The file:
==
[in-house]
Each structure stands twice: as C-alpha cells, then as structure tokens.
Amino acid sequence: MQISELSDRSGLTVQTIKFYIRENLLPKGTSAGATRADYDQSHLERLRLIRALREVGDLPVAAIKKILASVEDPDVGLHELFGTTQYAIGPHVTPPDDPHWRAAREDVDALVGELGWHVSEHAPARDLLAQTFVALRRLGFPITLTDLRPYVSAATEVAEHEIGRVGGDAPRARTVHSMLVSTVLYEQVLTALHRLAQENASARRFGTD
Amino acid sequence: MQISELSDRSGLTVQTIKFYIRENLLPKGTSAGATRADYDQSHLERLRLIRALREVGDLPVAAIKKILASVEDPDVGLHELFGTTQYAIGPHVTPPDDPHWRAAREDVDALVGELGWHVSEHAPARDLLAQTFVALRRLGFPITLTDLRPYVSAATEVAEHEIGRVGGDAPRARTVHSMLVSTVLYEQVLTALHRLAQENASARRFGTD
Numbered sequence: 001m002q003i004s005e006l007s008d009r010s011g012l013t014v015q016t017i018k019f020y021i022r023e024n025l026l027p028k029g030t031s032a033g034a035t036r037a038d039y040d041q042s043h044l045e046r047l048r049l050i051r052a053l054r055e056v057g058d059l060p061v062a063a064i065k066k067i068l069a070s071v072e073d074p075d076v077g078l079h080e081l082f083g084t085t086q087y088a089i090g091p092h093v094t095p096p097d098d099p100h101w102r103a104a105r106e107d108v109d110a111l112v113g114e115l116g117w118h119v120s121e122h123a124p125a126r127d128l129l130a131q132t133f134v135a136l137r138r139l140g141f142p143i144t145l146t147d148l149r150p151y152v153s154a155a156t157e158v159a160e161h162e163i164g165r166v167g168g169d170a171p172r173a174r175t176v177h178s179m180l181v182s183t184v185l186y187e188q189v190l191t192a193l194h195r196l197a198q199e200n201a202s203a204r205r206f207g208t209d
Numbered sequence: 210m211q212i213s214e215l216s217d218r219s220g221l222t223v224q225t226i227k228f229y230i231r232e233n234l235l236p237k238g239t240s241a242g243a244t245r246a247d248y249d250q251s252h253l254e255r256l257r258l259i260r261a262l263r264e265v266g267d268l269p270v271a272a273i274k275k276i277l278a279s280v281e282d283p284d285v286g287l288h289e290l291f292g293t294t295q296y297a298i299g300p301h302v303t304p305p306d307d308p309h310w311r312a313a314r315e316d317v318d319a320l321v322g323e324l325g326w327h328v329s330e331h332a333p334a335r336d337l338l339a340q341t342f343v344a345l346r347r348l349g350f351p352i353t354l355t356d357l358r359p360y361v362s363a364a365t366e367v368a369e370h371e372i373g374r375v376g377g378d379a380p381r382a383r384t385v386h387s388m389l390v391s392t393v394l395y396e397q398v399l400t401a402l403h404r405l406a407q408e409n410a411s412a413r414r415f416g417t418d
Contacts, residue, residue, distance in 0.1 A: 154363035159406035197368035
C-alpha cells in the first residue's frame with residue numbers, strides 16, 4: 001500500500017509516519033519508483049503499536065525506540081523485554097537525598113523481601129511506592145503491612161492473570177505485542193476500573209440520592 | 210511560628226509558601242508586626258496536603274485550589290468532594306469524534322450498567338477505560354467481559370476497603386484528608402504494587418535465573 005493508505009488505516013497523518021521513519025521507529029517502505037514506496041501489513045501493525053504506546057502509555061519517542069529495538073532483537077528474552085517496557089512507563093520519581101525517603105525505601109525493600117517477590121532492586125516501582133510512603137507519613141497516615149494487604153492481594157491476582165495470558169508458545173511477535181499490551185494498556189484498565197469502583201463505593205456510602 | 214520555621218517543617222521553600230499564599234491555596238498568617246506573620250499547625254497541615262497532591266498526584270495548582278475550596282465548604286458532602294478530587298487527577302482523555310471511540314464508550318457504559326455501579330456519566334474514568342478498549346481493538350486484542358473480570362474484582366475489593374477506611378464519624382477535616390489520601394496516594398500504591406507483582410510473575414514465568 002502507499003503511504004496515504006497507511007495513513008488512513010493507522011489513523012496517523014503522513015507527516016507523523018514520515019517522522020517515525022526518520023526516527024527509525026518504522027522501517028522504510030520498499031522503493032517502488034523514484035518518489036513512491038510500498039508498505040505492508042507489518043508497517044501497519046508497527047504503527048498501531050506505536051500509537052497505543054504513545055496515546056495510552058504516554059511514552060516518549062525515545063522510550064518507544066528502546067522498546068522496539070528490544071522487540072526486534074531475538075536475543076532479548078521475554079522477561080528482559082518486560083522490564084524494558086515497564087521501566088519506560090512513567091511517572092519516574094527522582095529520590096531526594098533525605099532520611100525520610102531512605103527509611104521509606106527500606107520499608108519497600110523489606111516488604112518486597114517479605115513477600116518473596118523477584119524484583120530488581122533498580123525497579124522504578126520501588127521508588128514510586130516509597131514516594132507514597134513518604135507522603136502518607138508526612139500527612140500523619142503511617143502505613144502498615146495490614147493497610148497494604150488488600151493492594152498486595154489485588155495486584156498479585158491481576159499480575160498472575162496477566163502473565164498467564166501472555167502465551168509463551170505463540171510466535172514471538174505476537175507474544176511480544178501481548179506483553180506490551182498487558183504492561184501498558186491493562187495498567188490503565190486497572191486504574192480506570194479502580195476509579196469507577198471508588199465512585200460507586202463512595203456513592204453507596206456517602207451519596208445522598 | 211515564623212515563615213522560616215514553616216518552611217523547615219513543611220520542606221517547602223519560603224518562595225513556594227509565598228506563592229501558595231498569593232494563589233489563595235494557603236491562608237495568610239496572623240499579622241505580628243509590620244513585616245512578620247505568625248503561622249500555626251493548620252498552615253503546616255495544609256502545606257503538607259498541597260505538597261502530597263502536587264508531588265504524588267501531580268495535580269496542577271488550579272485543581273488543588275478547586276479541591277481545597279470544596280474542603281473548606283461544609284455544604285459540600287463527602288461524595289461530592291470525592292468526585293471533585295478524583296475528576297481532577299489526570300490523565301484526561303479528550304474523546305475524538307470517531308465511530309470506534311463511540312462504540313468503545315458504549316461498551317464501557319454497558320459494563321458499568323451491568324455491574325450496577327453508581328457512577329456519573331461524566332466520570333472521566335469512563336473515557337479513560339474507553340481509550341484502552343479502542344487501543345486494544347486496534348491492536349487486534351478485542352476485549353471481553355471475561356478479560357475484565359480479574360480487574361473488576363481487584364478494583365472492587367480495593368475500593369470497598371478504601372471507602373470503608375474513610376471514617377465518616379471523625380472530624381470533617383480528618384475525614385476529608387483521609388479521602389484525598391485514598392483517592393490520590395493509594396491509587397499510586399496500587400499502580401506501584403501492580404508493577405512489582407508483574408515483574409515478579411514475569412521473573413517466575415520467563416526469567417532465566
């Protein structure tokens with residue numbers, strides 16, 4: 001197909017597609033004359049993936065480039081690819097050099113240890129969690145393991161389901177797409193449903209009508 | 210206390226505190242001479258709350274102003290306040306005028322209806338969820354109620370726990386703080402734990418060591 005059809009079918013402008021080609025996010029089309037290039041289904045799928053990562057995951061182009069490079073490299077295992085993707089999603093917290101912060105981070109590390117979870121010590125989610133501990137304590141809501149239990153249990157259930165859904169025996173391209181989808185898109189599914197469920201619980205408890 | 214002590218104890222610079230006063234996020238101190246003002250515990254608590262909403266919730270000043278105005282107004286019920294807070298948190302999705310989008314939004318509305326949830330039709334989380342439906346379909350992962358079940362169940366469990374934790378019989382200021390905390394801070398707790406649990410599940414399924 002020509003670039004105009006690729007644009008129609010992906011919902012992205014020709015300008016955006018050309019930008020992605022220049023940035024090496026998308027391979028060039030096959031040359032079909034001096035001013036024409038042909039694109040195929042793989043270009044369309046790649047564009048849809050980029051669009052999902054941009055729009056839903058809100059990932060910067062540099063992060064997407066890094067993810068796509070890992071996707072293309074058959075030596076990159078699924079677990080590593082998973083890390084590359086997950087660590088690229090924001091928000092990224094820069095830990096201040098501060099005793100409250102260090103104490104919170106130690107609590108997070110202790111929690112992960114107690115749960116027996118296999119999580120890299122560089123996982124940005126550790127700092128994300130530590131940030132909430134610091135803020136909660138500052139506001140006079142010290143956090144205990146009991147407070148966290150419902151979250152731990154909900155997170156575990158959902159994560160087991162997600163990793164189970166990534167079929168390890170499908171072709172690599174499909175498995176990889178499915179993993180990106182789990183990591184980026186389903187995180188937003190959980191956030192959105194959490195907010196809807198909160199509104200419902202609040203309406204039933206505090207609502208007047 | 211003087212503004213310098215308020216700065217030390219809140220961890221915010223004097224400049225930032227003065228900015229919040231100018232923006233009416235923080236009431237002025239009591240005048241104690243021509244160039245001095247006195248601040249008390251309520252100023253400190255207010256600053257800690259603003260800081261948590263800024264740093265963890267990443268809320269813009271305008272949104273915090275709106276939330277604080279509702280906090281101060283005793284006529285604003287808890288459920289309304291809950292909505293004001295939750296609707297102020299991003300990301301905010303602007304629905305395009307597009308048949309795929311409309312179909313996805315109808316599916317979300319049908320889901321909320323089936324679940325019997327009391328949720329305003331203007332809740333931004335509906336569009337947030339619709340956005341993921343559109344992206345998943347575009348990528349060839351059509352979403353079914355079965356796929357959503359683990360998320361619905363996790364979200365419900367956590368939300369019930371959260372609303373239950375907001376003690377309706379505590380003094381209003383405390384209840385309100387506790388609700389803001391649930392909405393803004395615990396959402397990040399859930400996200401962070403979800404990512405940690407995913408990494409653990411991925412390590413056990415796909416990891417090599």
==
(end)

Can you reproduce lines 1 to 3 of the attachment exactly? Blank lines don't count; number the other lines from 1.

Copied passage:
[in-house]
Each structure stands twice: as C-alpha cells, then as structure tokens.
Amino acid sequence: MQISELSDRSGLTVQTIKFYIRENLLPKGTSAGATRADYDQSHLERLRLIRALREVGDLPVAAIKKILASVEDPDVGLHELFGTTQYAIGPHVTPPDDPHWRAAREDVDALVGELGWHVSEHAPARDLLAQTFVALRRLGFPITLTDLRPYVSAATEVAEHEIGRVGGDAPRARTVHSMLVSTVLYEQVLTALHRLAQENASARRFGTD